rofl.

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Old 06-04-2010, 02:02 AM   #33
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Quote:
Originally Posted by Bridget View Post
You're strawmaning pretty hard.

My argument: People should be expected to follow rules when seeking employment for a job. This includes an appearance standard. When people are rejected because they can't follow this standard, they are done so because of their inability to follow that particular standard. It says nothing about their personality or work potential.
I don't know that I've ever run across an appearance standard for the interview. Perhaps there are examples out there but I've never come across them. Appearance standards come into play for actual employees.
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I am against people concluding people's potential or personality off trivial shit like their personal appearance or choice of clothing or personal hygiene or something like that. That isn't to say I expect businesses to hire bums who don't shower and wear hole-ridden t-shirts while sipping beer and scratching their ass. I'm just saying, deny them a job for their inability to follow your customs. Don't judge their character or work potential off that.
I always had my receptionists note appearance and demeanor of those people dropping off applications or resumes for white collar jobs. Any person who doesn't bring their "A" game is not someone I have any interest in wasting my time interviewing. If you're dropping off materials with a prospective employer that are intended to win you an interview for a white collar job come loaded for bear or stay home. I think this is especially true in this tight job market. So you are against using personal appearance to evaluate suitability? I think it would be interesting to see if you hold that same view in 20 years. I also think it will be interesting to see what level of responsibility you hold at that time too.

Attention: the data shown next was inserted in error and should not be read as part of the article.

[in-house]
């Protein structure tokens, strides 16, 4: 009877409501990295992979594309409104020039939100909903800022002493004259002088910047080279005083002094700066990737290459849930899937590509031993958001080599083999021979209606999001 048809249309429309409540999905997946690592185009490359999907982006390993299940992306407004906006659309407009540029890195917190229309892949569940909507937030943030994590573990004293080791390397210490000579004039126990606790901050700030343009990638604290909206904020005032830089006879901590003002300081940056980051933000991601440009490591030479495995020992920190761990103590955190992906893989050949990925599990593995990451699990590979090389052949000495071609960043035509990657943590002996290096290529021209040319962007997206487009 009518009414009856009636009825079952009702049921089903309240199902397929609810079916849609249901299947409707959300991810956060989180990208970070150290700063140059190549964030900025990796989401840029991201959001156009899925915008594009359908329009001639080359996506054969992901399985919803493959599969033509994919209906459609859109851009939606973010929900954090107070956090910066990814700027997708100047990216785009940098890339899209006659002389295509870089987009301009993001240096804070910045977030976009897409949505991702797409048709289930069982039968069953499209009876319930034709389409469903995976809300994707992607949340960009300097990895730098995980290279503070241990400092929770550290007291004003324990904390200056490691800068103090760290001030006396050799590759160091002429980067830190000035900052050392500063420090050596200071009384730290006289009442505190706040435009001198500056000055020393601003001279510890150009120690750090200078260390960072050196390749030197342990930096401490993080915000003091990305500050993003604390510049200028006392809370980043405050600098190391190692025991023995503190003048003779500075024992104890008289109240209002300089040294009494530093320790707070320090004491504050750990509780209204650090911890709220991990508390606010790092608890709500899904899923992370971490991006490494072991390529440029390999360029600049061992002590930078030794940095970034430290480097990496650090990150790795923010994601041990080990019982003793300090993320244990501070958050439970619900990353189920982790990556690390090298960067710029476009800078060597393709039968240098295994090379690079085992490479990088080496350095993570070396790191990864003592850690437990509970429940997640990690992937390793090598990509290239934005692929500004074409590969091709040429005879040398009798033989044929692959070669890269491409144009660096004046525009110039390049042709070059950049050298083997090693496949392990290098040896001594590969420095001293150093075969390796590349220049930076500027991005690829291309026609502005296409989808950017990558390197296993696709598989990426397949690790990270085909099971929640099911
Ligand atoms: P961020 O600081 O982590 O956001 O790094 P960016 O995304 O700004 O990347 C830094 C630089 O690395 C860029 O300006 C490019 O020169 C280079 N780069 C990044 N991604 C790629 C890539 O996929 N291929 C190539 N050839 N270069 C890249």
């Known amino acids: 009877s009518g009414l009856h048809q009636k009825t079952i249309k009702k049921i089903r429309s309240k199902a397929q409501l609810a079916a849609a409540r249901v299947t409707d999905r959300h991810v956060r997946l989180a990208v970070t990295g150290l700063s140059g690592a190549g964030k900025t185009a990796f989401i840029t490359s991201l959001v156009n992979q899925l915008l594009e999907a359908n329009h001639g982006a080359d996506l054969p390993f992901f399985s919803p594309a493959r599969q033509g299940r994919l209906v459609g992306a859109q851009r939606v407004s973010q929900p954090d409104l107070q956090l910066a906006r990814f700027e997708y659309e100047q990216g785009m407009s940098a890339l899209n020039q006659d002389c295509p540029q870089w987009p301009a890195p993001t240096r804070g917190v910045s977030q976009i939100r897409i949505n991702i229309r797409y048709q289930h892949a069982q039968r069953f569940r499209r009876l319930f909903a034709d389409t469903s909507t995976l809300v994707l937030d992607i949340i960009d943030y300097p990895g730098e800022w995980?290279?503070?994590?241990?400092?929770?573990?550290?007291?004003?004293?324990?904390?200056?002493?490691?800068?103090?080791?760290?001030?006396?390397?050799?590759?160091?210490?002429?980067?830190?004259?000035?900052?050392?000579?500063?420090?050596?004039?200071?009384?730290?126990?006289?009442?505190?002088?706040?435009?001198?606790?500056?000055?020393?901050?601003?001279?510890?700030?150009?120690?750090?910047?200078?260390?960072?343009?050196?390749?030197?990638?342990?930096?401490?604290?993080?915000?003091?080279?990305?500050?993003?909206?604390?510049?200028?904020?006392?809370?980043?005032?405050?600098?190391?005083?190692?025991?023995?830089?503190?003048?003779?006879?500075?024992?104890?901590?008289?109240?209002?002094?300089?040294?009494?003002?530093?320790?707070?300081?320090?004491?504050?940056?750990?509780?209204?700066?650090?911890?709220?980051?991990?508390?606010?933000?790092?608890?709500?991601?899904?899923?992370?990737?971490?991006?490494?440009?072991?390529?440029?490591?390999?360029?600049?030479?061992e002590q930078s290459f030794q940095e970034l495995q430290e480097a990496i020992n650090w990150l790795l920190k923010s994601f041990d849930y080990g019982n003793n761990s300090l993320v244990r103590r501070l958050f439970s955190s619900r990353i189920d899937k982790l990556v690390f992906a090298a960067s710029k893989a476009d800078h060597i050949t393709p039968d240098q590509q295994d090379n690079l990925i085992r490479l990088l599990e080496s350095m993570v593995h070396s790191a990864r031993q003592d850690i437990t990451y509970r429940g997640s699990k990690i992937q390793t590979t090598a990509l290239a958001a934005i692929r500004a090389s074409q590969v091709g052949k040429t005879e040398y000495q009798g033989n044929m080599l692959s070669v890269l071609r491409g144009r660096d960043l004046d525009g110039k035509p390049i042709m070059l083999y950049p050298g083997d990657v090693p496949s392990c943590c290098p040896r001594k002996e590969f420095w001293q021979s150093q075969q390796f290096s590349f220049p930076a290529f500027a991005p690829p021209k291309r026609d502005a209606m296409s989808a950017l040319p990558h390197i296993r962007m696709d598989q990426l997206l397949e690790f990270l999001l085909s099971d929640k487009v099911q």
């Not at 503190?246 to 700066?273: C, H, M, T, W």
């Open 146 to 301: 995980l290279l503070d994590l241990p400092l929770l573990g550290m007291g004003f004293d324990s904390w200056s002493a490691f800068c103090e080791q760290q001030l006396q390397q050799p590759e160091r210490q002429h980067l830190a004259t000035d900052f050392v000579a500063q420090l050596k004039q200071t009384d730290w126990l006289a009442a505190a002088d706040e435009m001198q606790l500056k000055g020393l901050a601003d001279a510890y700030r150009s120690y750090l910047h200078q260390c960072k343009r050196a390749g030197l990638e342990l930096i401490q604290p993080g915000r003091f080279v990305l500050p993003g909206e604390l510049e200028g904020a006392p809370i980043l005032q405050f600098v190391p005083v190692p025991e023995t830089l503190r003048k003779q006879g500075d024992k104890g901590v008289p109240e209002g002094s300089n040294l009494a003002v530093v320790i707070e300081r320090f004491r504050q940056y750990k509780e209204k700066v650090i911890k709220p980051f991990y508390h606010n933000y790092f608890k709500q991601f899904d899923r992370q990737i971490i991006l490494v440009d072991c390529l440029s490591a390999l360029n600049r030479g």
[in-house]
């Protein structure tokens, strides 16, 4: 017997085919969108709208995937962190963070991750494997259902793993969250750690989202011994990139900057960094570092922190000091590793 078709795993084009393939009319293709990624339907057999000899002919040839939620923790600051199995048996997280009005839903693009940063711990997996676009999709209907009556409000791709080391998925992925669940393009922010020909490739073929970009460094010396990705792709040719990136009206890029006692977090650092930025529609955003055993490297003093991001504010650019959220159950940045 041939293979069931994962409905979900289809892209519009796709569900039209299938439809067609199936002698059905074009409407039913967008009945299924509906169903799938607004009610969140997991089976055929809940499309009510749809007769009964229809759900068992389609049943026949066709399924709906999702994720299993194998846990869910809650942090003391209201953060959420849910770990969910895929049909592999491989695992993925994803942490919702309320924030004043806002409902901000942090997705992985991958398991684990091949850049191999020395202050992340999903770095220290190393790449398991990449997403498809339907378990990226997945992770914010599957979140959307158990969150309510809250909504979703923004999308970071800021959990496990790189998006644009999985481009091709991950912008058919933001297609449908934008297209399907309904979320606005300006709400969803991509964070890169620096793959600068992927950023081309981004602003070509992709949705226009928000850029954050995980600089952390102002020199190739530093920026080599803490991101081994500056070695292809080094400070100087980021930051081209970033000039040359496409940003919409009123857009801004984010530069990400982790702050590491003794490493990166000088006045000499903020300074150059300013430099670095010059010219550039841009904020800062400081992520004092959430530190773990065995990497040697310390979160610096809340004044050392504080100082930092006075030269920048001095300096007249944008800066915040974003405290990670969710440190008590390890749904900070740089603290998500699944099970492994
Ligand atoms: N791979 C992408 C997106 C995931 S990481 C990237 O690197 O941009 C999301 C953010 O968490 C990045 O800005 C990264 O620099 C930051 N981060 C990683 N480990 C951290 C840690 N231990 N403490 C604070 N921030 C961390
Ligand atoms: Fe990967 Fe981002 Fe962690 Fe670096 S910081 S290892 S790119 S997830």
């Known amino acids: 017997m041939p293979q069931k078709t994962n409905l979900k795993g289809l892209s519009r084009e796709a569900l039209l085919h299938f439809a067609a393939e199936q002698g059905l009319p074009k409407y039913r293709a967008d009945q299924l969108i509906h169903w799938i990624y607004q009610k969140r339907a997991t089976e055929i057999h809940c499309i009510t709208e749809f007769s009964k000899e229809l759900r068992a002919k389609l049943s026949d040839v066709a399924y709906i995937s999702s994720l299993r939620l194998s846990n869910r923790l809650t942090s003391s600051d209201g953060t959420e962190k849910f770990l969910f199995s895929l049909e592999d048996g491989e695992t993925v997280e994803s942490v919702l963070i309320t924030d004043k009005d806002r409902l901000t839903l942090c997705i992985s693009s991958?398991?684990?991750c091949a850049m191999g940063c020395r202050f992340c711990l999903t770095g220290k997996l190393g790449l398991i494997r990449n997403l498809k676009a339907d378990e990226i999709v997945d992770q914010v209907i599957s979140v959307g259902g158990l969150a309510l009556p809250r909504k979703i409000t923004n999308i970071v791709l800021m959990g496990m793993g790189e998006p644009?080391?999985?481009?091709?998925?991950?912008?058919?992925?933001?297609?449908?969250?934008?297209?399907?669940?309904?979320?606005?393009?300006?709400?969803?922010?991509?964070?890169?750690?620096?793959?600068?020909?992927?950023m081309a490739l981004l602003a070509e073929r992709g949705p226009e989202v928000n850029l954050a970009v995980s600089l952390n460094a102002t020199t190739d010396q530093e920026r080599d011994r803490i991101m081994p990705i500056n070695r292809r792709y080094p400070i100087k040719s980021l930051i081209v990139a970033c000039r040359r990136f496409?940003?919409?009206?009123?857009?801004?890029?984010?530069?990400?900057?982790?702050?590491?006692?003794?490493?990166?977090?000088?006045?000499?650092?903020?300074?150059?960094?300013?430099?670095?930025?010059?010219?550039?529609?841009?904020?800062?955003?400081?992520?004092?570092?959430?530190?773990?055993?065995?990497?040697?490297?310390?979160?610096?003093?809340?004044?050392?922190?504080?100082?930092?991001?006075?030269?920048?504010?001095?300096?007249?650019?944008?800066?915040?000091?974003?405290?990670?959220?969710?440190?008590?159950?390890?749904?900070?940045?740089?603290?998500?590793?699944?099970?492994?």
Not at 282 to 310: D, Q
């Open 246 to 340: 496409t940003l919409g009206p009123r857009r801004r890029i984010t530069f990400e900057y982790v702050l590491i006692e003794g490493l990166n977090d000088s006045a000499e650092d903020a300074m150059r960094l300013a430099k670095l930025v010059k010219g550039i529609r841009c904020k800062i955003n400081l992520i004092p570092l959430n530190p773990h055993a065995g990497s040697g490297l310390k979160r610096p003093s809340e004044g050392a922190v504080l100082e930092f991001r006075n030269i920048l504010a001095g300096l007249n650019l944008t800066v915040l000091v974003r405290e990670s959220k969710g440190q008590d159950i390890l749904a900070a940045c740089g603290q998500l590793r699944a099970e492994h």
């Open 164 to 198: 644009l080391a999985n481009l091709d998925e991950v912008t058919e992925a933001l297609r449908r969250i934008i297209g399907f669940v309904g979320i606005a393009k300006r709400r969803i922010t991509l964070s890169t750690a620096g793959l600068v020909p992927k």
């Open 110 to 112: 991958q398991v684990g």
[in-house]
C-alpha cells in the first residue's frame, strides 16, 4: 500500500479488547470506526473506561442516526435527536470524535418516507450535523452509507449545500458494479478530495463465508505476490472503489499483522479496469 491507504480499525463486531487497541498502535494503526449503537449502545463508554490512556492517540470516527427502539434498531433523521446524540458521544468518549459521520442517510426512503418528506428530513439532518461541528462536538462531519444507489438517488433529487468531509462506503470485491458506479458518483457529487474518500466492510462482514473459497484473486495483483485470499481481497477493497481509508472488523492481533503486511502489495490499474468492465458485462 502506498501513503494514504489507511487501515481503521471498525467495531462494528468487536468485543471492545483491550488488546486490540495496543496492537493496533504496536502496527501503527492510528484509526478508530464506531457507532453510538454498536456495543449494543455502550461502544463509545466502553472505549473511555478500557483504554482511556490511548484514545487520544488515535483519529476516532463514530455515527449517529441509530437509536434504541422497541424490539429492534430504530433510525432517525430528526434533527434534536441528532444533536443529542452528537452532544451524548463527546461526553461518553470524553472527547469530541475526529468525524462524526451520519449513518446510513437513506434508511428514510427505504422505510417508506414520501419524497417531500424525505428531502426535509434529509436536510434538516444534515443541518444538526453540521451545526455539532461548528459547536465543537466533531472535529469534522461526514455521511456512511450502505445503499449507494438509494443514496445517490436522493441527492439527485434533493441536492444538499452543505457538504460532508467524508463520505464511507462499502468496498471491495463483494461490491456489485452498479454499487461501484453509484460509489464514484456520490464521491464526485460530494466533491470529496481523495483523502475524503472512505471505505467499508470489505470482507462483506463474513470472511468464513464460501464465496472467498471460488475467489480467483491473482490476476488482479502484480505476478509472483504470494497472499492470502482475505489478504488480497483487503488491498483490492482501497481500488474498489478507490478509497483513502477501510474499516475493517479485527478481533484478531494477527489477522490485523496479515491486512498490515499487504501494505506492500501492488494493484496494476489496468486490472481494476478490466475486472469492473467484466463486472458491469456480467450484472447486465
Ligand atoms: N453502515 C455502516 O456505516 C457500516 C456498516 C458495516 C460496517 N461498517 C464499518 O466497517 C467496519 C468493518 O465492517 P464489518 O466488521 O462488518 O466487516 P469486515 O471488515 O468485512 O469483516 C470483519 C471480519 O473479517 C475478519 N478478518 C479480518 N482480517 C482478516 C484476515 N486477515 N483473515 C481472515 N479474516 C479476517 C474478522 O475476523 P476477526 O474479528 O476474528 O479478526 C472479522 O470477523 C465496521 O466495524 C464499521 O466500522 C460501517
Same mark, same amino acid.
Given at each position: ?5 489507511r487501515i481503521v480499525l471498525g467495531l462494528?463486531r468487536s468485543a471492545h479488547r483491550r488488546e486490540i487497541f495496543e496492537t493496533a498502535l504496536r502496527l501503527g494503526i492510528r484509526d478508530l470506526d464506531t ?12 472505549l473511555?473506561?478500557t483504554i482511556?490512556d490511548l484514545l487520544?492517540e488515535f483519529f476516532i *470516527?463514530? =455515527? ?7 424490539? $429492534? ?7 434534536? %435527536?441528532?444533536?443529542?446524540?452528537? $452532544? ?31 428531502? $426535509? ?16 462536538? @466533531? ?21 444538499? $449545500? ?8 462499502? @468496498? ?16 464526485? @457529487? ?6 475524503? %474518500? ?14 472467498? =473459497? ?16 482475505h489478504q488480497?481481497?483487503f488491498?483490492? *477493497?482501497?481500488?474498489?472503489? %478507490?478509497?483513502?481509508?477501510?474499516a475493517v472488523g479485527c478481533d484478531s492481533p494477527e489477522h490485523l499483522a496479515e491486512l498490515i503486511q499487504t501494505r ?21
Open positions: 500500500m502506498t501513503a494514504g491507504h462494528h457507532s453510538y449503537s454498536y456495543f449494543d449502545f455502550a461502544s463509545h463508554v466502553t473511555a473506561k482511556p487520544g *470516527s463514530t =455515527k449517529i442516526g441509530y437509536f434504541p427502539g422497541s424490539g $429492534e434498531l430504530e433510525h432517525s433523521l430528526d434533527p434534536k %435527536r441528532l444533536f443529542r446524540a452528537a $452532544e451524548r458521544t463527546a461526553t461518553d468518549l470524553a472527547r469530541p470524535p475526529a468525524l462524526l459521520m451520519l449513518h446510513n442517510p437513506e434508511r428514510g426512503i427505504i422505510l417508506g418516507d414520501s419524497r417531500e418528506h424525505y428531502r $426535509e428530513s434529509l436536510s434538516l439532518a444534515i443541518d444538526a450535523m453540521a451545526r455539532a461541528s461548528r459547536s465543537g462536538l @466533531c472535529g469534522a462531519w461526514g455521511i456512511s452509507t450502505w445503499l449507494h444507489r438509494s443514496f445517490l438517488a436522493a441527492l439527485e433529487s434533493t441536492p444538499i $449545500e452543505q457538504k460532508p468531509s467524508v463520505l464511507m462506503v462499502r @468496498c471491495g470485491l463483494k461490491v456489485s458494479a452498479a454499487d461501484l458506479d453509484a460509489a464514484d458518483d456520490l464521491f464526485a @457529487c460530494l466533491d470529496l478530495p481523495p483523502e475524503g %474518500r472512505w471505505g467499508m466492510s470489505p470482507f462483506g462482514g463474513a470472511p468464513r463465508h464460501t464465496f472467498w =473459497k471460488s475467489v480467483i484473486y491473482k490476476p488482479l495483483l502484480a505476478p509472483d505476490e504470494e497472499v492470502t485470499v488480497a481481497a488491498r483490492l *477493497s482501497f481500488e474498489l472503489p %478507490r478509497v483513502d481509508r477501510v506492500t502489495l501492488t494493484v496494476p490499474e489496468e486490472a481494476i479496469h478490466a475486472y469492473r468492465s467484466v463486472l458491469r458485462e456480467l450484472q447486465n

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And no, just because someone refuses to follow one rule doesn't make them immediately irresponsible or contradictory. If I have the potential to be an amazing actor, but I deny an acting career because someone wants me to dress up in a chicken suit for every role I perform, that says nothing about my ability to act. It does say, however, that I don't want to wear a fucking chicken costume.
Wasted potential or wasted genius is absurdly common. How often is someone hired on potential versus education or (more importantly) accomplishments and experience? Failure to follow rules doesn't make someone anything. It's merely an indicator. It may be big or small. However, are you talking about rules that apply to interview or employment?
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So, to summarize: I am against partial judgment of people's character and potential for the most part. We should be considering people's actual personality. I never meant for this to be within the context of business. I was actually speaking just in a social context, until you started rattling on about your point.
Wasn't Battery's original post pertaining primarily to employment? Social non-business is different...but similar as well.
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Old 06-04-2010, 02:04 AM   #34
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In California, a wise white collar would also make sure he maintain a respectable physique, partly for the purpose of job hunting. A 50-year old professional can afford to be too fat or too skinny. His long, valuable experience compensates for it. Now if you are still in your late 20's, you have little bargaining chips. If someone decides to hire you, it is because they believe in your potential to grow and eventually become a leader. Yes, they are investing in your future while you are still worth nothing. Appearance is a deciding factor determining how a person gets treated by coworkers, customers, and business negotiators. Unless one has an exceptional track record at an early age of 20's, companies are going to prefer a better-looking person because personal appearance is a cornerstone in building a leader.